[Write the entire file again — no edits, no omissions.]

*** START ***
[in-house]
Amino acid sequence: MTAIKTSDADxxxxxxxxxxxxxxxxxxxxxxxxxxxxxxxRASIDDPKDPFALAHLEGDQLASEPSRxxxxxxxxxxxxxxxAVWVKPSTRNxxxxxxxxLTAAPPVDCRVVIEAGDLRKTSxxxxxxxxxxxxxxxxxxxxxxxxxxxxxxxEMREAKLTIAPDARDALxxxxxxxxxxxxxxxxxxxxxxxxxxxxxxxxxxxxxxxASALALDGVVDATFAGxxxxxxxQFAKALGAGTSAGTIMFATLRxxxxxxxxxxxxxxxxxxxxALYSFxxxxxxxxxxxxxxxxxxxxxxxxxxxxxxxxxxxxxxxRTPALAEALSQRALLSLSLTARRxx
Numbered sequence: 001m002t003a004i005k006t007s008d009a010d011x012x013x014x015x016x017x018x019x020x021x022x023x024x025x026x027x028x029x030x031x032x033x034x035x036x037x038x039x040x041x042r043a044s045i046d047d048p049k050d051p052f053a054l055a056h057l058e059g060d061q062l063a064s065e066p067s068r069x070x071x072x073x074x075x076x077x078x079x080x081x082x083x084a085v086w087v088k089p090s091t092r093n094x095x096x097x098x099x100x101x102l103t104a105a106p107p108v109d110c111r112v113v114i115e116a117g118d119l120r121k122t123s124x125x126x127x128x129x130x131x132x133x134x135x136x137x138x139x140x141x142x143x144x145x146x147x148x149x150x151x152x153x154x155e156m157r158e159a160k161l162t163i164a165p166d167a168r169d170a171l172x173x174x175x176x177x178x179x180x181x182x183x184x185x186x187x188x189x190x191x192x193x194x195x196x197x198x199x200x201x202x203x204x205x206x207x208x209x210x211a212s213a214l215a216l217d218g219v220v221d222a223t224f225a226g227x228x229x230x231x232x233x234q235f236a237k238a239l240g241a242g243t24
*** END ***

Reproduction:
[in-house]
Amino acid sequence: MTAIKTSDADxxxxxxxxxxxxxxxxxxxxxxxxxxxxxxxRASIDDPKDPFALAHLEGDQLASEPSRxxxxxxxxxxxxxxxAVWVKPSTRNxxxxxxxxLTAAPPVDCRVVIEAGDLRKTSxxxxxxxxxxxxxxxxxxxxxxxxxxxxxxxEMREAKLTIAPDARDALxxxxxxxxxxxxxxxxxxxxxxxxxxxxxxxxxxxxxxxASALALDGVVDATFAGxxxxxxxQFAKALGAGTSAGTIMFATLRxxxxxxxxxxxxxxxxxxxxALYSFxxxxxxxxxxxxxxxxxxxxxxxxxxxxxxxxxxxxxxxRTPALAEALSQRALLSLSLTARRxx
Numbered sequence: 001m002t003a004i005k006t007s008d009a010d011x012x013x014x015x016x017x018x019x020x021x022x023x024x025x026x027x028x029x030x031x032x033x034x035x036x037x038x039x040x041x042r043a044s045i046d047d048p049k050d051p052f053a054l055a056h057l058e059g060d061q062l063a064s065e066p067s068r069x070x071x072x073x074x075x076x077x078x079x080x081x082x083x084a085v086w087v088k089p090s091t092r093n094x095x096x097x098x099x100x101x102l103t104a105a106p107p108v109d110c111r112v113v114i115e116a117g118d119l120r121k122t123s124x125x126x127x128x129x130x131x132x133x134x135x136x137x138x139x140x141x142x143x144x145x146x147x148x149x150x151x152x153x154x155e156m157r158e159a160k161l162t163i164a165p166d167a168r169d170a171l172x173x174x175x176x177x178x179x180x181x182x183x184x185x186x187x188x189x190x191x192x193x194x195x196x197x198x199x200x201x202x203x204x205x206x207x208x209x210x211a212s213a214l215a216l217d218g219v220v221d222a223t224f225a226g227x228x229x230x231x232x233x234q235f236a237k238a239l240g241a242g243t24